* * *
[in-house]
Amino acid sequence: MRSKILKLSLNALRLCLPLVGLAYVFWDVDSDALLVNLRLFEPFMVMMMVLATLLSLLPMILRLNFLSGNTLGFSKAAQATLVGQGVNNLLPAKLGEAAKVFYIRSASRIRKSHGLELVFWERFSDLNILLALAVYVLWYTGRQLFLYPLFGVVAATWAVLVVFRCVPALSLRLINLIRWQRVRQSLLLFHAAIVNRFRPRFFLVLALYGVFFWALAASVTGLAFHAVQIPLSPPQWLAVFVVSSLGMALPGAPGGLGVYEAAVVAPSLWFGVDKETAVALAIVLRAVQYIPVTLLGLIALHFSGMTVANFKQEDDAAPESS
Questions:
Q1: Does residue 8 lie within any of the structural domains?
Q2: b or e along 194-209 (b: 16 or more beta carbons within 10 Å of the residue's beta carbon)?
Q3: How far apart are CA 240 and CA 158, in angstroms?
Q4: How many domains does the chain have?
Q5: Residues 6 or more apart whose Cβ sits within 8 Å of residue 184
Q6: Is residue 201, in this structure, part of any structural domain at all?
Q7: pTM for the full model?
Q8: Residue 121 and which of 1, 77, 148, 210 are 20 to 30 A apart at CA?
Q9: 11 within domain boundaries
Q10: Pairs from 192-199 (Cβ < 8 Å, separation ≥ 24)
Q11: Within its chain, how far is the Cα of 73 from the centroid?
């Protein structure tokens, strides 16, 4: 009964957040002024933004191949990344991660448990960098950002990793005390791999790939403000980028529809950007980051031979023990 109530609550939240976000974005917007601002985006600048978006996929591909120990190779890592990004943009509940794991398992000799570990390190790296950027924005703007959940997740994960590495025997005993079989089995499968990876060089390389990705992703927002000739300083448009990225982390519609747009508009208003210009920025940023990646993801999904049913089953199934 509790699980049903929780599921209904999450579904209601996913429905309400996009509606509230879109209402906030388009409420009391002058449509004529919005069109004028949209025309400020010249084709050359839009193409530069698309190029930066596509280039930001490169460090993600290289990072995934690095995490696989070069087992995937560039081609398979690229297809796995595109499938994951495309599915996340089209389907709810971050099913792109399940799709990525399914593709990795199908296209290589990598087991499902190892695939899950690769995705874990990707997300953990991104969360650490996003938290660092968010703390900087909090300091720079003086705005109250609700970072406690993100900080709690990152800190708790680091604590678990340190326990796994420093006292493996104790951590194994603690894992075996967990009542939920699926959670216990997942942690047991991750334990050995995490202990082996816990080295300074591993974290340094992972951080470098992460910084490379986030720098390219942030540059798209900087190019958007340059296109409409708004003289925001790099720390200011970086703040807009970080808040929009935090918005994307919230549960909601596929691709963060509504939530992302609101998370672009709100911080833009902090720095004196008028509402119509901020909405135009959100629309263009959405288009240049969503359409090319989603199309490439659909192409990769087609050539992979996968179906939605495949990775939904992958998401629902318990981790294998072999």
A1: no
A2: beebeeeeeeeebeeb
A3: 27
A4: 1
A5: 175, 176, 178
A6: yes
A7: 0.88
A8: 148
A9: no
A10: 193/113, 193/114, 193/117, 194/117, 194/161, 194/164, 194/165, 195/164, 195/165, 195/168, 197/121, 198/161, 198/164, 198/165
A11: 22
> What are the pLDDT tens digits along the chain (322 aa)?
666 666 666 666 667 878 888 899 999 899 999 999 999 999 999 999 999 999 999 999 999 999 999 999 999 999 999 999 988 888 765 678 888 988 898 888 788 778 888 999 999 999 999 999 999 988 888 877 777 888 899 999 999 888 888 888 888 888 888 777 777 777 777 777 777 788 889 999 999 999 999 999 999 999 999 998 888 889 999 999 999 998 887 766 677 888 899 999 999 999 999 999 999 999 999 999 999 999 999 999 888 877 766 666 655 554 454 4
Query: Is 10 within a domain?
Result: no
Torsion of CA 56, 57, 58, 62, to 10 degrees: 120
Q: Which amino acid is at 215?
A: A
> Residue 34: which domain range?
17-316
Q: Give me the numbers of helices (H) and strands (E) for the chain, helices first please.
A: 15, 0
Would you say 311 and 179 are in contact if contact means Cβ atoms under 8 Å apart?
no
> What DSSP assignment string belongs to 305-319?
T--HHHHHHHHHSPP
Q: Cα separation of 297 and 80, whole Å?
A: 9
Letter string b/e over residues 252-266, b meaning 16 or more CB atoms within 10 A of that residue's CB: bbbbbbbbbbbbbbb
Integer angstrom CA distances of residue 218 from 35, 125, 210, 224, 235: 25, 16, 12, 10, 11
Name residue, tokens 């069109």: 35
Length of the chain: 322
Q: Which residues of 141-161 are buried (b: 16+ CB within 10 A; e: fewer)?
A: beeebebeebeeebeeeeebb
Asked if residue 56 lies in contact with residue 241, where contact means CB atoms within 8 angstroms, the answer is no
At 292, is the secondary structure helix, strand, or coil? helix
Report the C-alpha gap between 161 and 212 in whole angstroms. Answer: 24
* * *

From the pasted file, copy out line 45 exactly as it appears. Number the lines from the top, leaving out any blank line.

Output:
Integer angstrom CA distances of residue 218 from 35, 125, 210, 224, 235: 25, 16, 12, 10, 11